You know, I could take the rest of that Isaiah quote and make it about equality. “Every bump smoothed out, the detours straightened out, all the ruts paved over.”   Except I think that’s a bit simplistic.  Because neither John nor Jesus nor anyone else preached that life was going to be a smooth ride all the way from beginning to end.  There will be dips and bumps, and detours and ruts.     Justice is making sure everyone can get past the dips and bumps.  Justice is making sure there are signs clearly indicating where to go for that detour.  Justice is working together to fill in the ruts in the road, so that everyone can travel along it.   Working toward a just world means working toward a world where all those kids’ families can get on the internet to register for events that could make a real difference in their lives.  Working toward a just world means working toward a world where everyone has access to healthy food.  Some people will still get steak and lobster while others get chicken or beans and rice. But everyone gets fed.  Everyone gets to eat.  

Peace is the presence of Justice.  Peace is not the absence of war, but it might be the absence of oppression.  So go from here, my sisters and brothers, to do as John did.  Thunder in the desert of oppression.  Continue to work and speak for justice for all God’s people.  Comfort God’s people, as John did, with the Good News, that Jesus is coming, and has come, and will come again, to heal our world, to pour justice out upon it, and bring peace to every heart.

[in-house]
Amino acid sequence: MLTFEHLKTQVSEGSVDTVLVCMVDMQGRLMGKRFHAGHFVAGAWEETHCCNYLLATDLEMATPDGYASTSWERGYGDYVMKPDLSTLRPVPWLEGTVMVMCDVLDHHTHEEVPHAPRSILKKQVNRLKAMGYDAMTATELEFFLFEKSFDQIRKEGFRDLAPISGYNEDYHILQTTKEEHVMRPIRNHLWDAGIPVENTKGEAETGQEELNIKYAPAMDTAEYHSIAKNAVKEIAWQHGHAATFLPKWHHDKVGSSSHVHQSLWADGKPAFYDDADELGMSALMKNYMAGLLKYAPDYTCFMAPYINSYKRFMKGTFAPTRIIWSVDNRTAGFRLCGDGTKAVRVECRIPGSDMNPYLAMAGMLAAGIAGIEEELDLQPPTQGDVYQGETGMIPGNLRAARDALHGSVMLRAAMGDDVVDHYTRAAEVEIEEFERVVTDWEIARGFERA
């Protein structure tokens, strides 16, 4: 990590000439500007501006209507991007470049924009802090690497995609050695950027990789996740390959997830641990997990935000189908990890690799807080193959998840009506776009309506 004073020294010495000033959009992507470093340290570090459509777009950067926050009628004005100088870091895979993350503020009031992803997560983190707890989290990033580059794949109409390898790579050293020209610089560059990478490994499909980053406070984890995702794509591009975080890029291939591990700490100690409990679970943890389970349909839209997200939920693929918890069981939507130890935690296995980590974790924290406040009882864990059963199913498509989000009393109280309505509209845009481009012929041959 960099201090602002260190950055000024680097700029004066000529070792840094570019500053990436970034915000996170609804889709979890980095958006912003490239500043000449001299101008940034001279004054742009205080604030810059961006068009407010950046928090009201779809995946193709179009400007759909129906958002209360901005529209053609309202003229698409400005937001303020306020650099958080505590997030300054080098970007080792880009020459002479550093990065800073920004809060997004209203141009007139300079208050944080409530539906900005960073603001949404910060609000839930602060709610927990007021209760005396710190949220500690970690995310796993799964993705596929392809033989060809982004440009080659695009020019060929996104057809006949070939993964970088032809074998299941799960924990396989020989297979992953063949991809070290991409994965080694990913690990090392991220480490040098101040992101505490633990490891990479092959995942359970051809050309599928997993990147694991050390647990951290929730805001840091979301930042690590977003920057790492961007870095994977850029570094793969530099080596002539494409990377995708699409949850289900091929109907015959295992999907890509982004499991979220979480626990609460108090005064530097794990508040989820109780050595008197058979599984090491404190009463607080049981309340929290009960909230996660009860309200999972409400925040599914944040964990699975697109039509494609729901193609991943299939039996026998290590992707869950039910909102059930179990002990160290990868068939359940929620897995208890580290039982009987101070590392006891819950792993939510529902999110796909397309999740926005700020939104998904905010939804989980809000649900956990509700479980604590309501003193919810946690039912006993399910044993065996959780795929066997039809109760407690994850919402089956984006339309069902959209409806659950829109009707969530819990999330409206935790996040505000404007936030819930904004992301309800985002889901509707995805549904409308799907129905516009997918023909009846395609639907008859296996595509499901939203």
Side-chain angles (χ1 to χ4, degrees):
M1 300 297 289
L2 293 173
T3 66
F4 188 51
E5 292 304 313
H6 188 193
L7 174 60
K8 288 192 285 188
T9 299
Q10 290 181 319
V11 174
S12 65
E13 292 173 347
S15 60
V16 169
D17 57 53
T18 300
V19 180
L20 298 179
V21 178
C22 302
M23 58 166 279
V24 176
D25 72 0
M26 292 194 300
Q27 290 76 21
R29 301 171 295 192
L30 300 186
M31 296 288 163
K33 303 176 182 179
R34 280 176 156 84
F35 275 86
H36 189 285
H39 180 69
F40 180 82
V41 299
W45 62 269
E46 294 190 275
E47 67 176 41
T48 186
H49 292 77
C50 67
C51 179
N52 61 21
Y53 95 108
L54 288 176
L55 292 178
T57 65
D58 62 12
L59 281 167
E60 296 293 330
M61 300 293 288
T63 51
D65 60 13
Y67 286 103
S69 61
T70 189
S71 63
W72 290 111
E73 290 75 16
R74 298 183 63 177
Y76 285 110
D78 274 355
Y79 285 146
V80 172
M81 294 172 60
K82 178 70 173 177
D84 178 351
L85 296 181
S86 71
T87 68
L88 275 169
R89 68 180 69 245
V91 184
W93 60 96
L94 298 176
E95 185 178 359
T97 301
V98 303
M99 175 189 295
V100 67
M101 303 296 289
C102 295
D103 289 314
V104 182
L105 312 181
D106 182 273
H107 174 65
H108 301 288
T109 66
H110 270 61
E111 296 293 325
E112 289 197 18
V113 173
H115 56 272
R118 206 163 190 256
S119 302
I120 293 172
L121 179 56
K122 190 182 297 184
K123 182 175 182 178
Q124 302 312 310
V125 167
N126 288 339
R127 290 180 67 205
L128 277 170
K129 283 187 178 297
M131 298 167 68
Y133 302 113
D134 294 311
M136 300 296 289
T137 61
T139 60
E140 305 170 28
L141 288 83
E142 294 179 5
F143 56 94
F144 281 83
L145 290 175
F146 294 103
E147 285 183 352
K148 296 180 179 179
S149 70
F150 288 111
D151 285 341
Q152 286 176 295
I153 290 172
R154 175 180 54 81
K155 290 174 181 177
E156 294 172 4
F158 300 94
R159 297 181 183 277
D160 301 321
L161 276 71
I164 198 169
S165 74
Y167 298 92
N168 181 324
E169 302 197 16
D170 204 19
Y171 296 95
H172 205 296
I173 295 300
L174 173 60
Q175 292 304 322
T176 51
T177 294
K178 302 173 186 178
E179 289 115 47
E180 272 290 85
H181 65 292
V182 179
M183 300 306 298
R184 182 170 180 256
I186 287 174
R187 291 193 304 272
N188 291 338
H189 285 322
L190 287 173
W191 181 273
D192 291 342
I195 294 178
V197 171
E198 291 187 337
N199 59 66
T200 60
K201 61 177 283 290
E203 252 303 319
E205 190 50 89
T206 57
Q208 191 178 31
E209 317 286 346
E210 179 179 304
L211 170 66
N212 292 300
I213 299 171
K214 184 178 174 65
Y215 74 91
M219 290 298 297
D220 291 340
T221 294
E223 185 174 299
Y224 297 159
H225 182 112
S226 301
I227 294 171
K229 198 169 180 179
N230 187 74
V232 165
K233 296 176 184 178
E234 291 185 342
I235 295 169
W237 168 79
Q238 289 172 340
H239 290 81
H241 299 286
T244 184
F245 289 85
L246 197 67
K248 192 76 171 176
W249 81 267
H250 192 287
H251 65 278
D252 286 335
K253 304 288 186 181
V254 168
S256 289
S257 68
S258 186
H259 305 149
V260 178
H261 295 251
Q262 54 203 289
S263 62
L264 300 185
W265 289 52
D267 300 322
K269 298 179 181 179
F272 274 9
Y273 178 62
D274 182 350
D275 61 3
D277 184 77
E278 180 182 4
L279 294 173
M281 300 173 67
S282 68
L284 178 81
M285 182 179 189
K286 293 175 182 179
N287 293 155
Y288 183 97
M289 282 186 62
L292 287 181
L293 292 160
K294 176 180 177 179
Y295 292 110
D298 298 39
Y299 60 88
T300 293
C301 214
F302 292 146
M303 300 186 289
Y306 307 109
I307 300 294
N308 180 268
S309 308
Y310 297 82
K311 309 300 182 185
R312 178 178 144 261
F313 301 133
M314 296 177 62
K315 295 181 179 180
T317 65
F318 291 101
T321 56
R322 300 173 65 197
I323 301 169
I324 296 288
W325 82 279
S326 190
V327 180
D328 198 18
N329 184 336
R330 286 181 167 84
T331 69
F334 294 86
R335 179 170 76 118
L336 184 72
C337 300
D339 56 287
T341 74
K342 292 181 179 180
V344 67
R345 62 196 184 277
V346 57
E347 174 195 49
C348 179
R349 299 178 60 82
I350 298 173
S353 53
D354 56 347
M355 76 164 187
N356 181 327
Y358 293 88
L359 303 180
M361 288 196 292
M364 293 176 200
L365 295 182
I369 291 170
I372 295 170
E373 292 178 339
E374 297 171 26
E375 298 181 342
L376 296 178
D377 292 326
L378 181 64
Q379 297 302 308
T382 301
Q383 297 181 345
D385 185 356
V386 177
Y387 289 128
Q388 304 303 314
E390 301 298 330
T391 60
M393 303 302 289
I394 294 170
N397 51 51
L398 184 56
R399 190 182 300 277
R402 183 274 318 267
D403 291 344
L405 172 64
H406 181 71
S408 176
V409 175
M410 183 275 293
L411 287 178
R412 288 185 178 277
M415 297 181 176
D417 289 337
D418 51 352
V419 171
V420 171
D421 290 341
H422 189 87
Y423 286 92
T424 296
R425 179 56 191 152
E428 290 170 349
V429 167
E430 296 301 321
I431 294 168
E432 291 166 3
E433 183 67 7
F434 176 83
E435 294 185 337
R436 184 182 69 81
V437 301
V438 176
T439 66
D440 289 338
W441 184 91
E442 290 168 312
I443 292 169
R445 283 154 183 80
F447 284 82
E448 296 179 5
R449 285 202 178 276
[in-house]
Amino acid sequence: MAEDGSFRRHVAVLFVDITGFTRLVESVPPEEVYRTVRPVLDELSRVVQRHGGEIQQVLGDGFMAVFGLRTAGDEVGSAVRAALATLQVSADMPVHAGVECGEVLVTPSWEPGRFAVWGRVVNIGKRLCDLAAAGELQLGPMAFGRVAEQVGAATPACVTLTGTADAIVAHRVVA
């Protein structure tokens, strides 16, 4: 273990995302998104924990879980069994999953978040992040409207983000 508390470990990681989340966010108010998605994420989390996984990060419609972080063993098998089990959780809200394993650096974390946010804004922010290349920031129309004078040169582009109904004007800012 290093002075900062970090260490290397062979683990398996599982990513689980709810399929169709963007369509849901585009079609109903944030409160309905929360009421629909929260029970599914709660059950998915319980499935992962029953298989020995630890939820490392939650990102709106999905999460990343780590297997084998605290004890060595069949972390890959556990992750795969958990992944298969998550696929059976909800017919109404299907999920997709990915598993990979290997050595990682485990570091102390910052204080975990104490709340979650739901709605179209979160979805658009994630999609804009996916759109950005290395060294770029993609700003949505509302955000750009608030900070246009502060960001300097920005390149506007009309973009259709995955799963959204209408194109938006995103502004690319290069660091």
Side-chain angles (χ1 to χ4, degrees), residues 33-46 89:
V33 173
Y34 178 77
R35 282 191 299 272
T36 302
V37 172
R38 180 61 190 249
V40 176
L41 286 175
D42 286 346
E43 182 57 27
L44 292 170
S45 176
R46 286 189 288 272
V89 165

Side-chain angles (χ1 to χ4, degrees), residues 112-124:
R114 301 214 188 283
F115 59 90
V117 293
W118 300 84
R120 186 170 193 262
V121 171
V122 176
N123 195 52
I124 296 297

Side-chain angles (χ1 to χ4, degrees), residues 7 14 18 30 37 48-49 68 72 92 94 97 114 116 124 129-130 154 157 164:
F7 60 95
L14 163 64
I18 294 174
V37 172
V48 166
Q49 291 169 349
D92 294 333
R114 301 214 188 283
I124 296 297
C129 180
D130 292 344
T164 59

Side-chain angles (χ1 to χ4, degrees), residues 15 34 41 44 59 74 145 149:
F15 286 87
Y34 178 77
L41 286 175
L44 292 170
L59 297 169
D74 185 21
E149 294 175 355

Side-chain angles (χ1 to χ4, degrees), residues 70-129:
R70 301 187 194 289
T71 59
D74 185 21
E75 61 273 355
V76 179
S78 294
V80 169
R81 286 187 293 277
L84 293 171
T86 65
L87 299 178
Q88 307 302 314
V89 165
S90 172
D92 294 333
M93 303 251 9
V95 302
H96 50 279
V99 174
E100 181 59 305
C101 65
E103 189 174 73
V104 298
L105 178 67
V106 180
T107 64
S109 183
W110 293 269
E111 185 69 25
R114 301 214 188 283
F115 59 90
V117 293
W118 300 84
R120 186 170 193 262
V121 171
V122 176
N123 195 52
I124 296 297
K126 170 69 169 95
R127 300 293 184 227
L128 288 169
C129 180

Sunday, December 2, 2018

Do Not Despair

Scripture  Luke 21:25-36  The Message   

25-26 “It will seem like all hell has broken loose—sun, moon, stars, earth, sea, in an uproar and everyone all over the world in a panic, the wind knocked out of them by the threat of doom, the powers-that-be quaking.

27-28 “And then—then!—they’ll see the Son of Man welcomed in grand style—a glorious welcome! When all this starts to happen, up on your feet. Stand tall with your heads high. Help is on the way!”

29-33 He told them a story. “Look at a fig tree. Any tree for that matter. When the leaves begin to show, one look tells you that summer is right around the corner. The same here—when you see these things happen, you know God’s kingdom is about here. Don’t brush this off: I’m not just saying this for some future generation, but for this one, too—these things will happen. Sky and earth will wear out; my words won’t wear out.

34-36 “But be on your guard. Don’t let the sharp edge of your expectation get dulled by parties and drinking and shopping. Otherwise, that Day is going to take you by complete surprise, spring on you suddenly like a trap, for it’s going to come on everyone, everywhere, at once. So, whatever you do, don’t go to sleep at the switch. Pray constantly that you will have the strength and wits to make it through everything that’s coming and end up on your feet before the Son of Man.”

I saw a diagram on Facebook the other day showing the difference between Bible translations.   

John 20:17  
From the Greek:    He said to her, Jesus, “not me you touch or cling to.”